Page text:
Now that the educational portion of the review is over, we can discuss the actual music. The first track, ‘Stop The Bleeding’ features guest vocals from Killswitch Engage’s Jesse Leach. I figure Rob must have decided to do this because the guitar itself is very Killswitch sounding. The first 30 seconds of the track could almost be Killswitch if you didn’t know any better. It’s a nice, catchy up-tempo riff, with a sort of loud/quiet dynamic. Towards the end though, it sounds classically Machine Head, slow riffs, harmonics, groove that could fit on the first two albums if the tone weren’t so bright. In the way Zakk Wylde has a signature sound, so does Rob Flynn. New drummer Matt Alston also does his best job of attempting to stay true to the established Machine Head style. Definitely not a throwaway song.

The next track on here is ‘Bullet Proof’ which is a lot heavier, dirtier and nastier. Its got a similar stock market/wall street lyrical theme as ‘In Comes The Flood’ from Bloodstone & Diamonds and musically it mixes the heavier moments from Through The Ashes Of Empires (think the ”On Your Grave I Will Stand” section of ‘In The Presence Of My Enemies’), with the clean-but-not-clean moments in the style of The More Things Change, topped off with the nice guitar solo trade-offs in the style of all the albums since and including The Blackening. Its basically a career retrospective in one song. For my money, this is probably the best individual song the band have put out since Bloodstone & Diamonds.

Overall, Civil Unrest is just two short and angry songs released spontaneously in a strange year, but if it is any indication of the future, I think maybe Machine Head should be album to find their feet again after their midlife crisis of the past few years.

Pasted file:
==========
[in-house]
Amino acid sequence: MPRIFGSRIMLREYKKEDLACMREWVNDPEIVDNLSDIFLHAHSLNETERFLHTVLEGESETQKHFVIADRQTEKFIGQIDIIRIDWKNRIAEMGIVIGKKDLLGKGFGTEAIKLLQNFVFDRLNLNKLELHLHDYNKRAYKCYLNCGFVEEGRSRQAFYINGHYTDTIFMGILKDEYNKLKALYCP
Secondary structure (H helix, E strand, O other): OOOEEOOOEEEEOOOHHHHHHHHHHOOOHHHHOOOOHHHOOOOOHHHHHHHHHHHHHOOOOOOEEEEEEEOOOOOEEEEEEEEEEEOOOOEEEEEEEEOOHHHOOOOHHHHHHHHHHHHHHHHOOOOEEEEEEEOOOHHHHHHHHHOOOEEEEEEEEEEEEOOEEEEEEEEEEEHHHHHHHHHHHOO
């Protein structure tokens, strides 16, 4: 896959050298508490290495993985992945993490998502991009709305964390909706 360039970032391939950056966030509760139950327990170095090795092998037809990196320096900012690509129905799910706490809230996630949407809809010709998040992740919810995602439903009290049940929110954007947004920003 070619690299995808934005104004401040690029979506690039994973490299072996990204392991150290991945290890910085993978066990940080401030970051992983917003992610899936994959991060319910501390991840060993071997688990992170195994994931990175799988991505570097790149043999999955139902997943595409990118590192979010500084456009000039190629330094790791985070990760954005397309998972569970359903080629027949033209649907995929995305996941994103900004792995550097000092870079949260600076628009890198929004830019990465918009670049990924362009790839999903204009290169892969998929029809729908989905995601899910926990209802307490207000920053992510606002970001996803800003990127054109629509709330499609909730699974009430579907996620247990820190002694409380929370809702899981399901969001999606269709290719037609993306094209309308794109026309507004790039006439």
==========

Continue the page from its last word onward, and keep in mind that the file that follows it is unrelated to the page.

MACHINE HEAD Catharsis

Album · 2018 · Groove Metal
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Kingcrimsonprog
To say this album is controversial is an understatement. To understand it, you really have to look at the psychology and recent history of the band and it’s frontman, Rob Flynn. When Machine Head first arrived on the scene in the early ’90s with their almost universally loved debut album and its follow up they were the hot new thing. By taking Thrash Metal, slowing it down, adding in lots of groove and Hardcore they ended up creating something unique that genre pedants still can’t agree on (Groove Metal or Post Thrash or just a weird version of Thrash, the arguments are endless). After that, when Nu Metal was popular and still new and exciting, the band who had always been talking about Hip Hop and Rap since their early days introduced Rap and Hip Hop elements into their music and changed the production and guitar styles, in so doing they made something altogether different that garnered both huge success and then huge backlash for their next two albums. After the backlash and all the constant criticism, the band almost broke up and their popularity plummeted drastically, but instead of throwing in the towel, they changed paths again and then released what can only be described as four of the best albums in the entire history of Heavy Metal… their stellar run from their return-to-glory Through The Ashes Of Empires to Bloodstone And Diamonds are four straight up faultless masterpieces, crowned by their beyond-popular The Blackening which is hailed as a classic by more people than there is time to list.